*for those who think this is a mere trifle, why does it keep coming up, eh? The websearch hits coming to our older posts on this topic never die down.
**if you are the lab head or listed-first author

A Sermon on this Sunday

February 26, 2012

…and now, Santorum saying this speech makes him “want to throw up”.

I wonder why we’ve fallen so far back into darkness.

A query on mentoring

February 24, 2012

One of the most fundamental roles the mentor plays in the development of a scientist is the introduction to the subfield. Making the trainee known to other scientists who make up the field. Publication is key. Proper crediting during seminars is another. Sending the trainees to meetings and introducing them around to the key players is good too.

As I said, in my view this is fundamental. Inescapable. Science is a human enterprise like any other and therefore interpersonal relationships matter. A lot. Even if they are not supposed to, we are unable to escape our biases related to “knowing” and “not knowing” other people.

My question for you Dear Reader, is whether you were Introduced to a subfield as a trainee. Did your mentor(s) make a specific point to enshroud you in a field? If you are a mentor, do you go out of your way to Introduce your trainees?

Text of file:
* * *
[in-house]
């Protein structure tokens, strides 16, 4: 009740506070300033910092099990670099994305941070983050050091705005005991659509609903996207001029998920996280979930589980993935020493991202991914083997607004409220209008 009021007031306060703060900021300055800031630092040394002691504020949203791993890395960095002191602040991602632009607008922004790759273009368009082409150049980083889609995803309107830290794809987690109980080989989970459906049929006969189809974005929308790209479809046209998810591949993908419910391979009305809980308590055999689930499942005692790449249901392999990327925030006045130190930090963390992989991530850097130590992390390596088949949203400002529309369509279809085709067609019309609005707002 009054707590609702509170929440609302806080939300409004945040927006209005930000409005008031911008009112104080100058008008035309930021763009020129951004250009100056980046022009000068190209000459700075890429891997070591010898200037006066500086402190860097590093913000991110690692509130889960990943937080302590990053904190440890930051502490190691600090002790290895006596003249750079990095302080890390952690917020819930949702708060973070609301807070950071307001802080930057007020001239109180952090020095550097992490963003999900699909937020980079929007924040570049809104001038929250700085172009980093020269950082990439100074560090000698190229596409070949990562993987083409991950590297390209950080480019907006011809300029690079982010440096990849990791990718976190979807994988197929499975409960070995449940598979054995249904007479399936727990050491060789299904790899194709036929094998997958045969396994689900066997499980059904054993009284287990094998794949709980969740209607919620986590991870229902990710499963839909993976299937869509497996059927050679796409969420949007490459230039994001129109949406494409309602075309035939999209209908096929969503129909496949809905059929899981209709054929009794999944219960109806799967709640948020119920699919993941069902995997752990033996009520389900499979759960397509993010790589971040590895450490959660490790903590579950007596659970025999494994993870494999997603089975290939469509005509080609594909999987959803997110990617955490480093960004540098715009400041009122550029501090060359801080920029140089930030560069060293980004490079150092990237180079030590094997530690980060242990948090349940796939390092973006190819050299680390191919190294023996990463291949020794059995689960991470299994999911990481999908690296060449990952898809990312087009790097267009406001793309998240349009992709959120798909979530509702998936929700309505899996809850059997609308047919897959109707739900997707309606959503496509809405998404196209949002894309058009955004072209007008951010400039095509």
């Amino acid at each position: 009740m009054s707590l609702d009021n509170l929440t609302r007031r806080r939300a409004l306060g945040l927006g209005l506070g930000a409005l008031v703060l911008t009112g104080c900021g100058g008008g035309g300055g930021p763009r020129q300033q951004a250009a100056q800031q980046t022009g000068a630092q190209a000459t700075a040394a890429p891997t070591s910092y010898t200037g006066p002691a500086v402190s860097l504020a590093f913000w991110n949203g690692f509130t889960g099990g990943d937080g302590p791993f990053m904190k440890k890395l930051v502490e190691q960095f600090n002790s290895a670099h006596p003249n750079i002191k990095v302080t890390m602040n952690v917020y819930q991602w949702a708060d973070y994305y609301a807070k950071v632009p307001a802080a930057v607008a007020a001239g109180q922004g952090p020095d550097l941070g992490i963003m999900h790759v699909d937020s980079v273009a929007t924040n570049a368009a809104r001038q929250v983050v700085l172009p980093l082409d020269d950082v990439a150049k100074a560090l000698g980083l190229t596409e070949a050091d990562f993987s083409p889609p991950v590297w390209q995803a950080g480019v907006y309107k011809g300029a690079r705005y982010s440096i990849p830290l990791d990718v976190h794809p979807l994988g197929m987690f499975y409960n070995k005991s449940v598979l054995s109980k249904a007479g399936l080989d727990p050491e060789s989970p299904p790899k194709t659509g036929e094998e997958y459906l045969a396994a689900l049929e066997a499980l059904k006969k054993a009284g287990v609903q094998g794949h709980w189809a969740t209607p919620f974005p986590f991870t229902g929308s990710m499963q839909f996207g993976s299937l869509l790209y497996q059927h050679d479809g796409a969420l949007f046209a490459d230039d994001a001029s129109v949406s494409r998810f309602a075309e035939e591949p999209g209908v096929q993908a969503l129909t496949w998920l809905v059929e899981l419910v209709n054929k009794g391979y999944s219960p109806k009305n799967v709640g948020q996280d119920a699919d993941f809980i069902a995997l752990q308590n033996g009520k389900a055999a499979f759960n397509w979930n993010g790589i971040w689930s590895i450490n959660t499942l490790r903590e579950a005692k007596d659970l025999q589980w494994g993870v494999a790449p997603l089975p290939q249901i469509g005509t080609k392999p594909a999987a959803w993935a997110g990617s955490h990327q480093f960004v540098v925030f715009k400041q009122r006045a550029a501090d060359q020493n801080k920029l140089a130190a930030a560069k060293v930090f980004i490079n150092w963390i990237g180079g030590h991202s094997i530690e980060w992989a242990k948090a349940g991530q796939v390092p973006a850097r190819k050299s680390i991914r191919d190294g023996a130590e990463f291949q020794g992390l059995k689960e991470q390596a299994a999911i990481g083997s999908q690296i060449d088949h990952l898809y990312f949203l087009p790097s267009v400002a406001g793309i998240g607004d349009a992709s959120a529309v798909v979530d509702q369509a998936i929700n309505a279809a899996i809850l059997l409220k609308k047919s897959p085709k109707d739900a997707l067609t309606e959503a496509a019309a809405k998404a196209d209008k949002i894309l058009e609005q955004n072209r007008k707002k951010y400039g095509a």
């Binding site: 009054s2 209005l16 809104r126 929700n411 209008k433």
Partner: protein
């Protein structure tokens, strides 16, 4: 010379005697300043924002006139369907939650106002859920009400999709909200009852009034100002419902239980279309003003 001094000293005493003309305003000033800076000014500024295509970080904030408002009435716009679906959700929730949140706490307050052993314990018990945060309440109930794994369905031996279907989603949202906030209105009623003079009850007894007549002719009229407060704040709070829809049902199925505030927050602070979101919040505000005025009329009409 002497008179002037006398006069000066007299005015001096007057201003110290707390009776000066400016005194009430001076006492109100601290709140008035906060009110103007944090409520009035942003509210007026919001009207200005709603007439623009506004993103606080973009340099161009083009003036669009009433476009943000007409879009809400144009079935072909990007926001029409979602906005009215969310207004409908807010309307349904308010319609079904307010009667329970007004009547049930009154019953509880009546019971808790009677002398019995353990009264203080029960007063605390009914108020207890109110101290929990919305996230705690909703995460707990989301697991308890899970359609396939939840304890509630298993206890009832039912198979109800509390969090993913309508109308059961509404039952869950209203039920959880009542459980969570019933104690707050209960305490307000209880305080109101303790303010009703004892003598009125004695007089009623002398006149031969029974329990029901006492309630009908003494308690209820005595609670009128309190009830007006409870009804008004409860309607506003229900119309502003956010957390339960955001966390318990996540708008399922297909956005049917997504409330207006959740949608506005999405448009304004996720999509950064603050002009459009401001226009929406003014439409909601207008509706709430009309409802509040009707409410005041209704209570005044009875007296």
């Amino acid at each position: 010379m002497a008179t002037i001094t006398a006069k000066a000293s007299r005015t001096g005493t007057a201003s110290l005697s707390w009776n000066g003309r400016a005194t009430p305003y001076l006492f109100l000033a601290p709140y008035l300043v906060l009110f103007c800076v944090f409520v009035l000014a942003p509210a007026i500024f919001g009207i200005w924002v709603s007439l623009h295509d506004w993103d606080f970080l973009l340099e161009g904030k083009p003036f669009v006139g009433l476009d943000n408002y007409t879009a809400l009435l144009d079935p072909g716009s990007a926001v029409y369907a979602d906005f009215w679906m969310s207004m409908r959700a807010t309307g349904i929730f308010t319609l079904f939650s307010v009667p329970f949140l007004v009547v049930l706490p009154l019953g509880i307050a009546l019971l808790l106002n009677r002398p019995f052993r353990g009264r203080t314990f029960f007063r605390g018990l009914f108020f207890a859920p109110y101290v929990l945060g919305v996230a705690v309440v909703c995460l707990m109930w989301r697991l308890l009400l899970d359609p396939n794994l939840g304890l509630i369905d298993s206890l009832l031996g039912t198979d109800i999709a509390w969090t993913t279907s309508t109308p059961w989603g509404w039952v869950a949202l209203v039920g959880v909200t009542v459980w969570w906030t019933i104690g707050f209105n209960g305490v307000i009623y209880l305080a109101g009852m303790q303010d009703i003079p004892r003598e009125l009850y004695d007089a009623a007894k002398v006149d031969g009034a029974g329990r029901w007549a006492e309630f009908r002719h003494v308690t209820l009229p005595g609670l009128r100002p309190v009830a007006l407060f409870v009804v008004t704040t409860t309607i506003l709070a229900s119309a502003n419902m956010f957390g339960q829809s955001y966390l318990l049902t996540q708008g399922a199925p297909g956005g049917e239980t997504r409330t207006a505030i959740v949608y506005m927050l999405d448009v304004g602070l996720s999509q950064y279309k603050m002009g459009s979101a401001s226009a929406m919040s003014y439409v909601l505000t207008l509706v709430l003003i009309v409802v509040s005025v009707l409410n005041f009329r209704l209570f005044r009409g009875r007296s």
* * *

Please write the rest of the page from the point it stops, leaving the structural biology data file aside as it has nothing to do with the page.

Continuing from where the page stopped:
(If applicable, feel free to tell me that this is a mark of backwater, BunnyHopper dominated OldBoyzGirlz backslapping subfields and should be rigorously uprooted.)

Commenter Physician Scientist notes on a prior post that an individual scientist under suspicion for several dubious papers has retained his NIH funding.


This grant was RENEWED!!!!

Not quite. Or maybe the timeline is not quite what it seems. This would appear to be the most recent competing award in 2009. The budget is listed as ending in 2010 but then it continues onward under the “7R01” code in the next year (indicating a change of University) until 2014.

So the objection may not be all that direct if the news of these alleged frauds, misdeeds and/or actual retractions and corrections hadn’t been known when the grant was reviewed.